* Things are getting heated in Iowa:

Hillary Clinton publicly criticized Republican Senate candidate Joni Ernst on Wednesday for skipping out on meetings with Iowa newspaper editorial boards.

Speaking at a campaign event for Bruce Braley, Ernst’s Democratic opponent, Clinton said that Ernst’s refusal to answer “tough questions” from editorial boards “seems like it should be disqualifying.”

Clinton’s remarks come one week after Ernst canceled a scheduled meeting with The Des Moines Register, a slight that prompted criticism from the paper’s leading political columnist. Ernst also passed on meetings with The Cedar Rapids Gazette and The Dubuque Telegraph-Herald.

Really, can we dispense what what is and isn’t “disqualifying”? But in any case, it’s good of Clinton to find time to campaign in Iowa, for absolutely no reason other than to support a fellow Democrat.

* Harry Reid emails the Progressive Change Campaign Committee list: Donate money to save the Senate or President Obama might be impeached.

* A poll trying to capture the notoriously under-sampled Latino vote in Colorado shows Mark Udall leading Cory Gardner by a point. The question remains: Are most of the polls getting the Latino vote wrong?

* We keep hearing that Democrats are the ones with the problem among Latinos now. New Pew data shows Latino support for Democrats has slipped since 2010, but is still strong: Hispanics say they’ll vote Democratic for Congress by 57-28, and identify with the Democratic party by 63-27.

* A new Marquette Law School poll shows Scott Walker leading Mary Burke by 7 points, a greater margin than any other recent poll. The Huffpo average has him up by 1.8.

* Manu Raju previews Mitch McConnell’s closing ads, which highlight his ability to bring home the bacon in various parts of Kentucky.

* Andrew Rafferty has a good overview of the Arkansas Senate race, showing how Mark Pryor has managed to keep it close despite the state’s overwhelming conservative advantage.

* Wondering why so many Republican efforts to restrict voting make a special point of eliminating early voting on Sundays before the election? Nate Cohn provides some figures to explain why:

Data from two states that permit Sunday early voting, Georgia and North Carolina, show that 53 percent of the 25,000 early votes cast on Sunday were from black voters, compared with 27 percent of early voters across the two states since voting began for this year’s midterm elections. 

It’s such a mystery why more black voters aren’t attracted to the GOP.

* Ryan Cooper argues that even if Dems lose big in this election, demographic shifts and the changing priorities among core Democratic groups suggest Dems should look left to win in 2016.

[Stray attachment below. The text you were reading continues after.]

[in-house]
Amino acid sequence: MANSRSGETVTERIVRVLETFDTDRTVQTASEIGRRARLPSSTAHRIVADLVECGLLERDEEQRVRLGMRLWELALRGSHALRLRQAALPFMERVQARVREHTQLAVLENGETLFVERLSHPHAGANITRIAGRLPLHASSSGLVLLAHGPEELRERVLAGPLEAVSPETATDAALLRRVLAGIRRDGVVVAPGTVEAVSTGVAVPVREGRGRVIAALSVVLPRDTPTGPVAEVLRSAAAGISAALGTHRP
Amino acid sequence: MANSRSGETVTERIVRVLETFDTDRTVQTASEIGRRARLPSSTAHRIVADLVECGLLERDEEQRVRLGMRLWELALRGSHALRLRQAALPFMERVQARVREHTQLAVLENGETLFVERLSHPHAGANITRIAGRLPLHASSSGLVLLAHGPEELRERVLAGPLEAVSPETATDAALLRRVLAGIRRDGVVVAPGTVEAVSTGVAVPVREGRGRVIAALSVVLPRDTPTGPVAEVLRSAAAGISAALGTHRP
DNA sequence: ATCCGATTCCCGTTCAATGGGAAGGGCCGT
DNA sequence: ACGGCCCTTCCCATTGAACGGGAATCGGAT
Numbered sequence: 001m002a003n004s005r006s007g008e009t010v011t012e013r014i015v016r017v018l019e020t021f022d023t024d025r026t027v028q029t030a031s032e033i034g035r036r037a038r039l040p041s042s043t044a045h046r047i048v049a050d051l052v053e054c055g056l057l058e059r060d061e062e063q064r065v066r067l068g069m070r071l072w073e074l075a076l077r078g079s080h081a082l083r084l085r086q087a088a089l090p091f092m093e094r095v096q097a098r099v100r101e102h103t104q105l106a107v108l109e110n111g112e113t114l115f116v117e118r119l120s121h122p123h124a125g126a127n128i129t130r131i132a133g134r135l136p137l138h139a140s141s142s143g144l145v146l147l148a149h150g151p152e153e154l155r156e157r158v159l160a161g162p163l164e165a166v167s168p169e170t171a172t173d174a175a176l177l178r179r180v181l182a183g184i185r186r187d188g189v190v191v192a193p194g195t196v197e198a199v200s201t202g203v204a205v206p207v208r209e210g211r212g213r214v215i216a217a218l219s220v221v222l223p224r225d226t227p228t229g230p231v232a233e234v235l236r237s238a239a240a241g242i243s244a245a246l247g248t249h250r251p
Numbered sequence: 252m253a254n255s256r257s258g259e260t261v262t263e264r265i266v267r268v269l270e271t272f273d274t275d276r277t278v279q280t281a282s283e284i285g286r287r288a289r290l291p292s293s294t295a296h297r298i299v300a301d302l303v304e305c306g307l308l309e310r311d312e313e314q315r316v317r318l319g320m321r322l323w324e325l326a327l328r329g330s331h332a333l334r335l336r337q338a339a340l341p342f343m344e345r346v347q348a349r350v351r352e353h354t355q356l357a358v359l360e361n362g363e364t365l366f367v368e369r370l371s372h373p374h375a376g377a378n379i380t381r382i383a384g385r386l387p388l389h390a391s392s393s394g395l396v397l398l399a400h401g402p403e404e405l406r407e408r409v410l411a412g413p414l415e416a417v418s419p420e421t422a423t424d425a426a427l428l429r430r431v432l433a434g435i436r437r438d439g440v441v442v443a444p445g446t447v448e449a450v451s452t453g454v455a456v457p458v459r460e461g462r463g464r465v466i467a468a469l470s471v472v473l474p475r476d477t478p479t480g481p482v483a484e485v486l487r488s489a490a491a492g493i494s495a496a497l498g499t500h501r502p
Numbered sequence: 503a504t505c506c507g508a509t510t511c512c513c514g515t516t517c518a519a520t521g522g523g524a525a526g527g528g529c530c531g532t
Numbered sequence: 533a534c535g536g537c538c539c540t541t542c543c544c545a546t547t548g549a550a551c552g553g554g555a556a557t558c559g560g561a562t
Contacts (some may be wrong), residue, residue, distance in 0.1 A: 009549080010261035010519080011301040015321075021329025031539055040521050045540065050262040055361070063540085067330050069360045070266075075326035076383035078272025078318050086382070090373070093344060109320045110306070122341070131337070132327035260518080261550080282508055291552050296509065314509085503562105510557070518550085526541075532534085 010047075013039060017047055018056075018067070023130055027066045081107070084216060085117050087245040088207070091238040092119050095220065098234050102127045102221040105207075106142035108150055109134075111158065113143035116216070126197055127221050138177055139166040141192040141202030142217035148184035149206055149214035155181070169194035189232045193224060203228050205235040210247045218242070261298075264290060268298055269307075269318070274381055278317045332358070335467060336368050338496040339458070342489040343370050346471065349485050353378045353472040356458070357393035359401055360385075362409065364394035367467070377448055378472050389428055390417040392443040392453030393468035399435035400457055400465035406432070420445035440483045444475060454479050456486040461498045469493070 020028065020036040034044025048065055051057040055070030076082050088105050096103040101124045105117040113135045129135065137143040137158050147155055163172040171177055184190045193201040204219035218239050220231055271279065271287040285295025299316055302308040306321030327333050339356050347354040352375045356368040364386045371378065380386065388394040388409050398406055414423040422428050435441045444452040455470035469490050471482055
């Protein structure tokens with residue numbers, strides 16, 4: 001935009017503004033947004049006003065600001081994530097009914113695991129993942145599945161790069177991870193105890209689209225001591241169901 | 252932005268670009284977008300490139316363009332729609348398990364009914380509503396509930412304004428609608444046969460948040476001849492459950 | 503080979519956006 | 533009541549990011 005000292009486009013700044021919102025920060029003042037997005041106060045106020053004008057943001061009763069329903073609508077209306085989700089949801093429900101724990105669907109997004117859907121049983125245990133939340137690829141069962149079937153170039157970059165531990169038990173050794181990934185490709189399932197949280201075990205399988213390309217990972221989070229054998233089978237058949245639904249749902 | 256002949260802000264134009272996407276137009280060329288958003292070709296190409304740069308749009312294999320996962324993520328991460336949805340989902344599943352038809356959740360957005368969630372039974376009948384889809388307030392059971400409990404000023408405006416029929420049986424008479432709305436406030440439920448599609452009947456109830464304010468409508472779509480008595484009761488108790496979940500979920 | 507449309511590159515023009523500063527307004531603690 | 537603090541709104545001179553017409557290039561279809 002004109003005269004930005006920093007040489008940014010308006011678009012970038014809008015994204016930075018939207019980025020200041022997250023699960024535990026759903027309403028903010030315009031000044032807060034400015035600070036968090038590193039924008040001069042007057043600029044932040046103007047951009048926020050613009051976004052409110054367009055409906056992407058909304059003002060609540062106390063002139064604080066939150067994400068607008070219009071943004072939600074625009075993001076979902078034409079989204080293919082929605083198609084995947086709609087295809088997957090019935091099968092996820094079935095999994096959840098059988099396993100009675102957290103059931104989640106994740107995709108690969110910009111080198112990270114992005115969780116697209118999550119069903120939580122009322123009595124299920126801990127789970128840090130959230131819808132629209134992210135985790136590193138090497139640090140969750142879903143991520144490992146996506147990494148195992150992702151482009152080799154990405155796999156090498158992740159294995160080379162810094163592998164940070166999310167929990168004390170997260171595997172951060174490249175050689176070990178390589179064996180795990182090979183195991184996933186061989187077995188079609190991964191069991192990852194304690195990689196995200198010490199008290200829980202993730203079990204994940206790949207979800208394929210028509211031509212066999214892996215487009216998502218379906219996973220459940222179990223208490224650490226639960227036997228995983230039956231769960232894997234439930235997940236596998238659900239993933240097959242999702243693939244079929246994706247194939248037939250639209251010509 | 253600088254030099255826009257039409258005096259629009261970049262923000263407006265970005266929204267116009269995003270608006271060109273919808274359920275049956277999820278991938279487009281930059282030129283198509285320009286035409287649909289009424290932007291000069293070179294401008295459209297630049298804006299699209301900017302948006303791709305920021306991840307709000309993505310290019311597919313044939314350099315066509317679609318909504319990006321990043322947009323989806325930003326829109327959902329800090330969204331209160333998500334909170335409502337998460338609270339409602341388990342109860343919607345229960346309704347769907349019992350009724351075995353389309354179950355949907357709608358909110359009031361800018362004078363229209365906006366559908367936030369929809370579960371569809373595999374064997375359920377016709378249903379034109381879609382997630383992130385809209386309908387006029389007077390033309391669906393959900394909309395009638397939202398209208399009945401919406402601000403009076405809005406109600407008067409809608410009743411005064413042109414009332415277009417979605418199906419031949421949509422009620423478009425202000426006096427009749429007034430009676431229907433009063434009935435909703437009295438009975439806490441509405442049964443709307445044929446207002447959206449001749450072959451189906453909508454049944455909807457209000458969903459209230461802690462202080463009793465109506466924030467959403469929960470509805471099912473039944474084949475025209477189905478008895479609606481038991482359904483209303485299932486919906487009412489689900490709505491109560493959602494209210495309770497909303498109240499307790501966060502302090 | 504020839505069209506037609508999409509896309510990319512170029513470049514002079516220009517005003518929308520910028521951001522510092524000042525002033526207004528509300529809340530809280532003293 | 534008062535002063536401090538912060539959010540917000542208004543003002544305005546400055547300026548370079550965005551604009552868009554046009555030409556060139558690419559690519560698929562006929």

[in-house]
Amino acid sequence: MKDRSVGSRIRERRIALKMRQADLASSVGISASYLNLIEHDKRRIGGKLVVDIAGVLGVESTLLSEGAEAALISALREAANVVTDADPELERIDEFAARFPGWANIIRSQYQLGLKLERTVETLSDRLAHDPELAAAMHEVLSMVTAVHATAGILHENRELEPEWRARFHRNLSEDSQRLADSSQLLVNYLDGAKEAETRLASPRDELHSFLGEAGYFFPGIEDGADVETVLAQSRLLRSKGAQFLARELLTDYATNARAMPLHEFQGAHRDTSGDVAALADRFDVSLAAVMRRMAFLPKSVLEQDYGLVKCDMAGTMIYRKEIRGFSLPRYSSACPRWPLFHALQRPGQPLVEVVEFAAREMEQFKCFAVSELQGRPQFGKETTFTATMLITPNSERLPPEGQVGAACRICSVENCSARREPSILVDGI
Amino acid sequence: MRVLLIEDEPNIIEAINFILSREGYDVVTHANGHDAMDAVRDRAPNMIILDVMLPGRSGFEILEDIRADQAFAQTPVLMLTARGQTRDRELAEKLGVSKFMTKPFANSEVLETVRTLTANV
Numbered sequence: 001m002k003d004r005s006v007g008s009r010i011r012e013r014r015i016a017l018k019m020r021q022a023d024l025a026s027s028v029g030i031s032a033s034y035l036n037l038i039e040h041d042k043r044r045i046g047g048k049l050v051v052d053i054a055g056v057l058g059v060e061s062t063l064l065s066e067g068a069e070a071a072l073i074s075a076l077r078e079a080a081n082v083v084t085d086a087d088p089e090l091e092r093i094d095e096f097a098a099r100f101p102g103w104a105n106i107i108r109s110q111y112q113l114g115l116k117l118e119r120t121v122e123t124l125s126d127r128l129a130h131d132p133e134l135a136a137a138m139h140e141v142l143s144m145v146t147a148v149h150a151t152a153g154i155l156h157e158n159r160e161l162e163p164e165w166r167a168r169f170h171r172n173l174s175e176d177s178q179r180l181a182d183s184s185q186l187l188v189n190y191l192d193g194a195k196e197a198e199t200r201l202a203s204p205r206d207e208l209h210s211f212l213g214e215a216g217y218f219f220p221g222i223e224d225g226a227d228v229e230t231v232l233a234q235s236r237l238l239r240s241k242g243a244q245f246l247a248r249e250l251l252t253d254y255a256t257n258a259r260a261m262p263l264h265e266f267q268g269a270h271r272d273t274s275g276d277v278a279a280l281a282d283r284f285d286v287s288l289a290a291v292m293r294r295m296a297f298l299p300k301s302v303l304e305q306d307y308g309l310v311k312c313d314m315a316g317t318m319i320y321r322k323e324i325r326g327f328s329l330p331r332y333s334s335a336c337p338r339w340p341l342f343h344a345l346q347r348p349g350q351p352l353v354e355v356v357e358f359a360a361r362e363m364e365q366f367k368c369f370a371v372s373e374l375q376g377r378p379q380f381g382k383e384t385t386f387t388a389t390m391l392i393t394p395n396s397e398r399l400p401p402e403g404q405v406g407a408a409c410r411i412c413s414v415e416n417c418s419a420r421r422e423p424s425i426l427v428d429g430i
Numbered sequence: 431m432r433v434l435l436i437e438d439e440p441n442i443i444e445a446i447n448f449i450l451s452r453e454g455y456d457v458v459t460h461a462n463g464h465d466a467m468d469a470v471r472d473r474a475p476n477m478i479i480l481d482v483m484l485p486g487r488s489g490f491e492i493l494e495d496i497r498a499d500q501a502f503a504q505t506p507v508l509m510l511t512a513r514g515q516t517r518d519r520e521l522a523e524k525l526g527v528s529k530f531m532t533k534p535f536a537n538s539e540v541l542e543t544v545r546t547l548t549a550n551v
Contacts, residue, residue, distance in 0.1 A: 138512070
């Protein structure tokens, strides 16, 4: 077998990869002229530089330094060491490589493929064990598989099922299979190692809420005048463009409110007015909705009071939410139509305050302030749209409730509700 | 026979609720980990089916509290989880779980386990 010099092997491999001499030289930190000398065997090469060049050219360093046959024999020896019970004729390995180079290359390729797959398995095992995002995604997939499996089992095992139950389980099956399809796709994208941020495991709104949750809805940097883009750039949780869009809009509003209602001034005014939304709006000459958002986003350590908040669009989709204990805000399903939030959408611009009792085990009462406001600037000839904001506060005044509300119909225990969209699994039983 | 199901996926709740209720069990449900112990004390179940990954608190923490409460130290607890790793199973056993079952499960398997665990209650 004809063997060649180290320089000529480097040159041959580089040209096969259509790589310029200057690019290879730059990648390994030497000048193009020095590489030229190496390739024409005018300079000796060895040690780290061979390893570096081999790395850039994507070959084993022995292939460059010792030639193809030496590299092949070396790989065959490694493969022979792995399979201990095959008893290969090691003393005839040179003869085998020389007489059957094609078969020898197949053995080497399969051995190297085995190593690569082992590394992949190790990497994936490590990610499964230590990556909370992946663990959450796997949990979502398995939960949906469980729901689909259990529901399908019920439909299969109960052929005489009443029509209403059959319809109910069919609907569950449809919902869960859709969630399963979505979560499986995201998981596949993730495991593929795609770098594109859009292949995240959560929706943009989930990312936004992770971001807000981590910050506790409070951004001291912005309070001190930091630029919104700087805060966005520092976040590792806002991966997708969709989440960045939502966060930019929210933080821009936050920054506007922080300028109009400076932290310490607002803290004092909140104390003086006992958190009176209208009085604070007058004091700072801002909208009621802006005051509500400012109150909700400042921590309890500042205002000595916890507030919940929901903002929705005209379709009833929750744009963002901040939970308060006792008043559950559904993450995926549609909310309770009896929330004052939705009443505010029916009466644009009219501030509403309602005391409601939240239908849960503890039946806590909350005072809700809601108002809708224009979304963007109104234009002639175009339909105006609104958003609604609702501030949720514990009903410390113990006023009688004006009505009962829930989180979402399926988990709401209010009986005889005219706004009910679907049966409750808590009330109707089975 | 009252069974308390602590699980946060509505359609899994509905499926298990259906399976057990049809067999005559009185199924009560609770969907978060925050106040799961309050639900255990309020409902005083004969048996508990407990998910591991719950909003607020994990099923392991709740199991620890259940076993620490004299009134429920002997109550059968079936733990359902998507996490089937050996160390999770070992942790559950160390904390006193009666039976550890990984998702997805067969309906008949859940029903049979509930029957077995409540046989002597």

Not only will Republicans be defending more Senate seats in 2016, many will be in territory much friendlier to Democrats than the seats up this year.

* The New York Times has a great series of graphs showing who benefited the most from the Affordable Care Act.

* Sarah Varney has an extraordinary article on how Republican politics on health care has exacerbated the already sorry plight of Mississippi:

Why has the law been such a flop in a state that had so much to gain from it? When I traveled across Mississippi this summer, from Delta towns to the Tennessee border to the Piney Woods to the Gulf Coast, what I found was a series of cascading problems: bumbling errors and misinformation; ignorance and disorganization; a haunting racial divide; and, above all, the unyielding ideological imperative of conservative politics. This, I found, was a story about the Tea Party and its influence over a state Republican Party in transition, where a public feud between Governor Phil Bryant and the elected insurance commissioner forced the state to shut down its own insurance marketplace, even as the Obama administration in Washington refused to step into the fray.

But hey, it’s a good thing they didn’t accept the Medicaid expansion and give insurance to hundreds of thousands of their poor citizens, right?

* Danny Vinik tries to set the record straight: President Obama’s record on managing crises is actually pretty darn good.

* At the American Prospect, I explained why a Republican Senate could take some heat off John Boehner.

* Congressman Steve King, for one, says explicitly that Republicans shouldn’t bother trying to govern if they win control of both houses, but should just keep staging meaningless Obamacare repeal votes.

* And video courtesy of the Democratic group American Bridge: Guy protests Chris Christie over Hurricane Sandy reconstruction, Christie yells at him and generally acts like a jerk, to the cheers of the crowd. Presidential!